"Unfortunately, essential steps such as curbing global emissions to peak by 2020 and reducing them to half of present levels by 2050 [66] are extremely problematic economically and politically. Fossil fuel companies would have to leave most of their proven reserves in the ground, thus destroying much of the industry's economic value [67]. Because the ethics of some businesses [and Canadian governments] include knowingly continuing lethal but profitable activities [68], it is hardly surprising that interests with large financial stakes in fossil fuel burning have launched a gigantic and largely successful disinformation campaign in the USA to confuse people about climate disruption [69,70] and block attempts to deal with it [71]."


Dana said...

None of this is new news. This report is not the first to make such dire predictions. None of it matters to the corporate/free market/petro crowd.

As I said in another thread, if you can swing a piece of self-sustaining property and build on it then get on with it. And don't forget to plan defensively.

The Mound of Sound said...

Of course, Dana, you're right. This isn't the first report of dire predictions. It is, however, one of the most authoritative and comes just as the US government is about to release its own National Climate Assessment.

As for the other business, I'm working on that. Can you explain your reference to "plan defensively."

I'm not a "prepper" and I'm pretty sure I would make a damned poor one in any case.

Dana said...

You will have water. You likely will have food from the sounds of things. Unless you're prepared to feed and water (and likely shelter) everybody who shows up at your door you will need to be able to say no forcefully enough to not be simply overrun.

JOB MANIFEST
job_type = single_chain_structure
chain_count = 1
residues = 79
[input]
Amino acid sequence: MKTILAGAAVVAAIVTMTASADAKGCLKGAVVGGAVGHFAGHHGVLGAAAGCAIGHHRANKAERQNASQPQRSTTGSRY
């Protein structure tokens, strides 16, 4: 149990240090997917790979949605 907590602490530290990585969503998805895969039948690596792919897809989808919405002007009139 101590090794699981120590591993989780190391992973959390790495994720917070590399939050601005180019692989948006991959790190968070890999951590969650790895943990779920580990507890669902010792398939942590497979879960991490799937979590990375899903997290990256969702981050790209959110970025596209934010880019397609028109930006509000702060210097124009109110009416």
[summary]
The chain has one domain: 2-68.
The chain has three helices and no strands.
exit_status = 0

The times will not be conducive to neighbourhood parties.

I didn't mean to come off as shirty. If I did I apologize.

Owen Gray said...

When historians write the history of our times -- if they do -- they will marvel at just how pig headed we were.

The Mound of Sound said...

@ Dana. No, I didn't take your remarks to be shirty at all.

@ Owen. It's lamentable that, now as the Liberals are nearing the choice of their next leader, they have no frontrunner in tune with today's climate reality. Like Harper, they all want to govern like we were somehow back in the 80s.

At times it feels like being stuck in the club car with a runaway locomotive.

Anonymous said...

Interesting publication from the Royal Society. It will take me a week to get through the footnotes.

Our political idiots in Ottawa, Alberta and B.C. should be reading this stuff. Maybe we can do our part in our little corner of the world and support the First Nations in their efforts to have the environmentally destructive omnibus C-38 and C-45 bills rescinded.

The Mound of Sound said...

What troubles me most, Anon, is how the debate we so badly need to hold on this issue is skirted by all parties in the House of Commons. The wellbeing of the Canadian people and, especially, generations to come is essentially irrelevant to our political classes. Ten years ago I never would have believed that possible. The decline in Canadian leadership has been tragic.

Edstock said...

That debate will come. First, the Liberals are in disarray and the NDP are still getting it together.

Second, it's early days yet in this Aboriginal-Stevie confrontation.

This time, the aboriginals are educated and they got computers. Can't wait to see a protest in front of the UN or Buckingham Palace or both.

The Mound of Sound said...

Hi Ed. I wish we had the time for what you envision but I'm not at all sure we do. We're no longer comfortably within the "early days" you reference. The tundra is burning.